MCPR 2004 - Measuring the Quality of Pennsylvania's Commercial HMOs - What Is An HMO?

Most Pennsylvanians receive their health care benefits through their employer or from a government-sponsored program such as Medicare or Medical Assistance. An HMO is an organized system that provides prepaid health benefits to a defined group of members. Unlike traditional insurers, HMOs typically offer and encourage members to take advantage of a host of educational materials, disease management programs, preventive health services and other initiatives to keep their members healthy. HMO members usually are required to select a Primary Care Physician (PCP) who has the responsibility to coordinate the various health services available to members. HMOs may share financial responsibility with PCPs and other providers for the services provided to members. "Point-of-Service" (POS) options offered by HMOs often combine the structure of HMOs (members select PCPs and usually access non-primary care services through pre-approved referrals) with the flexibility to access services without pre-approved referrals and the option to leave the network of participating providers by paying an additional fee. A summary of the characteristics of the types of health insurance plans is provided in the table below.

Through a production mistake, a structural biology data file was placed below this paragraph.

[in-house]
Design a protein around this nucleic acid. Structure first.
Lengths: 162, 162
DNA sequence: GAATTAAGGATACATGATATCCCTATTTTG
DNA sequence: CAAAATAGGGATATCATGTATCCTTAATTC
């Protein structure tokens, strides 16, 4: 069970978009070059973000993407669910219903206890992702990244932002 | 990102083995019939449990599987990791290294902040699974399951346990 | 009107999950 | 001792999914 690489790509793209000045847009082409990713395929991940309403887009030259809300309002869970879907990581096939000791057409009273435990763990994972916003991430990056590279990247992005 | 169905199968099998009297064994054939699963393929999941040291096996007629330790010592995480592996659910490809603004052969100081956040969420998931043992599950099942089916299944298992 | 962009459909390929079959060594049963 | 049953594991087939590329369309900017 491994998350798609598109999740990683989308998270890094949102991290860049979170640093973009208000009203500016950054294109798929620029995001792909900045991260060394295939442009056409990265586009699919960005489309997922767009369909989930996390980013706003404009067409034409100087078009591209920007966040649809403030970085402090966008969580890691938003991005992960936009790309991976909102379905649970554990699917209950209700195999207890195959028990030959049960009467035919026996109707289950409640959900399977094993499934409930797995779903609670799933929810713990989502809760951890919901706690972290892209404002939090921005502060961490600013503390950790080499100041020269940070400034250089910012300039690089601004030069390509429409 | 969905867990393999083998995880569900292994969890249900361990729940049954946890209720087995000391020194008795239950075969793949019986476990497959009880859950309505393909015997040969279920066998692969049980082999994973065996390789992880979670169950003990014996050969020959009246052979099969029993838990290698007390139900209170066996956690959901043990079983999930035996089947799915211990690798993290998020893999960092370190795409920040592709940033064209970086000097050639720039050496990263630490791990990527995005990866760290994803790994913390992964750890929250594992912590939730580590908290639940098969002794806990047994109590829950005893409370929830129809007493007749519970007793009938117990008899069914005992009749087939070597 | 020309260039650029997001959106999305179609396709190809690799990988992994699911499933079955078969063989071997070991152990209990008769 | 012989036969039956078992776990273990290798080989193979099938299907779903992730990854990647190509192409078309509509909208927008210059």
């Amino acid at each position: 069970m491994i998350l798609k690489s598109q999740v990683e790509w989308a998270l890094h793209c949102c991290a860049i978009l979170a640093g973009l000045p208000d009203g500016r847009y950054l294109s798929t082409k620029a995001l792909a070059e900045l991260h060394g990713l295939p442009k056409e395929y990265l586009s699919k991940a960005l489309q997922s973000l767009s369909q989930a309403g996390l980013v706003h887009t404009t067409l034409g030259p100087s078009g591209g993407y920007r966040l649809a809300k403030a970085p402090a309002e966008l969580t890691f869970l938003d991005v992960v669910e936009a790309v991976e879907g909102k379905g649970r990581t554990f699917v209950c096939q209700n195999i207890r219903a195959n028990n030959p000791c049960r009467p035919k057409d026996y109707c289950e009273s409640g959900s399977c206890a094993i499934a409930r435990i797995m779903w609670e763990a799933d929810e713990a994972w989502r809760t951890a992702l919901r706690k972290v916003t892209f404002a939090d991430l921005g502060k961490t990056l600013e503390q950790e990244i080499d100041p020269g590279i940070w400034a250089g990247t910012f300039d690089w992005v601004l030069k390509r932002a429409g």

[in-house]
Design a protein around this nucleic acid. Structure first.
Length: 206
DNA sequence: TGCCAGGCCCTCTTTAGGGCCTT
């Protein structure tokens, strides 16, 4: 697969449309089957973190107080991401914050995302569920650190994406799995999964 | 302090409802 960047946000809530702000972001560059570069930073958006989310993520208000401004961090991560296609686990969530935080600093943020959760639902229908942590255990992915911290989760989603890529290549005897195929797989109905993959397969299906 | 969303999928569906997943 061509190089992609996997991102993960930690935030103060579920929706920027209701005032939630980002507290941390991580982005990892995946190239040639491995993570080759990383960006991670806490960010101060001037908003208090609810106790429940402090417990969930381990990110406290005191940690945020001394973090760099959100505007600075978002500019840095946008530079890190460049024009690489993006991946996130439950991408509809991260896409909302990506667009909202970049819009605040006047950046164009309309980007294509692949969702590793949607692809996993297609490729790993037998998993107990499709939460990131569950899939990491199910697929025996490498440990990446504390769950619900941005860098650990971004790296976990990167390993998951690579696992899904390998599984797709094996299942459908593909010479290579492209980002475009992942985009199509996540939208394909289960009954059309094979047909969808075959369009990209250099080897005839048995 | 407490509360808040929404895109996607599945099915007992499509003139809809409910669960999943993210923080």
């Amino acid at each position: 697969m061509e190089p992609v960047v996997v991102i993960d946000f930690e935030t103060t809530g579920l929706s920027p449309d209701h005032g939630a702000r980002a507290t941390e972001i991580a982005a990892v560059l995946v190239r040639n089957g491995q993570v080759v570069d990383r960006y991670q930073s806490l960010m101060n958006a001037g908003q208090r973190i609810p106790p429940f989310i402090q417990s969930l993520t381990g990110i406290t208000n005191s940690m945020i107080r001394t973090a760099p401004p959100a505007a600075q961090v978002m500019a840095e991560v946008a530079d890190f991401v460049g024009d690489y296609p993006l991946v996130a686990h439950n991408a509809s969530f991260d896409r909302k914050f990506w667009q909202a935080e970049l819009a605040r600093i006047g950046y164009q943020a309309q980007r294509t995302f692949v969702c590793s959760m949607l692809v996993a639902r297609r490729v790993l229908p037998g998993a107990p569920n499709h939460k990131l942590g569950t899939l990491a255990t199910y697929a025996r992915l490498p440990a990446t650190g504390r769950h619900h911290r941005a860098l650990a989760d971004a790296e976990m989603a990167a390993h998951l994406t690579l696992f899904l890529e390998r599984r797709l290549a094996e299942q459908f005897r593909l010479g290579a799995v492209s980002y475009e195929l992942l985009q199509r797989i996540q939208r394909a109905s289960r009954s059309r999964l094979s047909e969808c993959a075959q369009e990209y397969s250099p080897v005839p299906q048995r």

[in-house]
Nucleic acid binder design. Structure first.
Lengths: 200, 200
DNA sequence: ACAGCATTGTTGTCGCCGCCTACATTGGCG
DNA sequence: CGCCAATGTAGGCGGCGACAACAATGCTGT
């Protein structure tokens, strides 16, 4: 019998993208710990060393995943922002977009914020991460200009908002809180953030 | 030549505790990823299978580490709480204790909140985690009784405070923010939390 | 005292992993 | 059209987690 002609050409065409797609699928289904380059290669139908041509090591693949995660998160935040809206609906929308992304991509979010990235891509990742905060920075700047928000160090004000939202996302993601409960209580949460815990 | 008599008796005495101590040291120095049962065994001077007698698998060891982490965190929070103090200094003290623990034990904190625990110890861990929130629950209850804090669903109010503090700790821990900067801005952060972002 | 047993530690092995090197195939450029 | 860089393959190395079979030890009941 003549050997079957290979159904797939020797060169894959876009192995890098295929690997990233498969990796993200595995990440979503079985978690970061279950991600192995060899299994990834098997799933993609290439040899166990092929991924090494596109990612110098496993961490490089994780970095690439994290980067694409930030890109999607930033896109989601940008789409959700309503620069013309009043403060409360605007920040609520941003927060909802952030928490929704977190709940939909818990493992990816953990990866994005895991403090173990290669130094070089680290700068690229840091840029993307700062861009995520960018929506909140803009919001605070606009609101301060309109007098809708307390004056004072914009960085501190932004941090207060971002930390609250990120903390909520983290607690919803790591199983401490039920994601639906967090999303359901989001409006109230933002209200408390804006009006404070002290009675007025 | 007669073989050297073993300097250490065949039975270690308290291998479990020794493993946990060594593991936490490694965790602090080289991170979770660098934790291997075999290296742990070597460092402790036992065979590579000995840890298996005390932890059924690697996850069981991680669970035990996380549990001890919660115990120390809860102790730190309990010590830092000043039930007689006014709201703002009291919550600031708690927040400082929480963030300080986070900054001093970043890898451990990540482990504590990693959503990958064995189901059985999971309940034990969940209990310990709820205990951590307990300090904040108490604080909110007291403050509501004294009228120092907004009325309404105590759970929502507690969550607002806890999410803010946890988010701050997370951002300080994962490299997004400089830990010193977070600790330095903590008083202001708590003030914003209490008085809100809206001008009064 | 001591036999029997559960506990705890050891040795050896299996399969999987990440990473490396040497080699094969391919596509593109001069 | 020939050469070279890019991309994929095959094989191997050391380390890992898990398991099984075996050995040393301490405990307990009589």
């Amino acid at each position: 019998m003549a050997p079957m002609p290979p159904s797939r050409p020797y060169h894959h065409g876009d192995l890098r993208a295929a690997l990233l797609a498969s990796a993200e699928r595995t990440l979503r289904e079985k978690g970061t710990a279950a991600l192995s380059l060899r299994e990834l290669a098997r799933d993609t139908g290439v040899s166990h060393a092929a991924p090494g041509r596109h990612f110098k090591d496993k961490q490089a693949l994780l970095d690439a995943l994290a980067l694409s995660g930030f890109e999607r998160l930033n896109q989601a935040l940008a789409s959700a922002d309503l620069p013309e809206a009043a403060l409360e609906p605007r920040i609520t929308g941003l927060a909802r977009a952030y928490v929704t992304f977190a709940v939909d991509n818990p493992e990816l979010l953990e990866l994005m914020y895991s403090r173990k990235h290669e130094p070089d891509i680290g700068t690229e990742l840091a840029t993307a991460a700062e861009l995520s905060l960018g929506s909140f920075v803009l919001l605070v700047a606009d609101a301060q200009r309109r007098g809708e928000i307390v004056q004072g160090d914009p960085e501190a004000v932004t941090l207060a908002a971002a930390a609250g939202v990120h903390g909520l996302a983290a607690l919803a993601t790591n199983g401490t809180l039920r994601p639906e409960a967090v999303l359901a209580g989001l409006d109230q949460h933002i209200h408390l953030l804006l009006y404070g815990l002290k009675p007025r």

HMO Point-of-Service Fee-for-Service
Can you get covered services from providers not in the network? No Yes, for an additional charge Yes
Do you have a lot of paperwork? No claim forms No claim forms for in-network care You need a claim form
Do you need to choose a PCP? Yes Yes No
Do you need a referral from your PCP to go to a specialist? Yes Usually No

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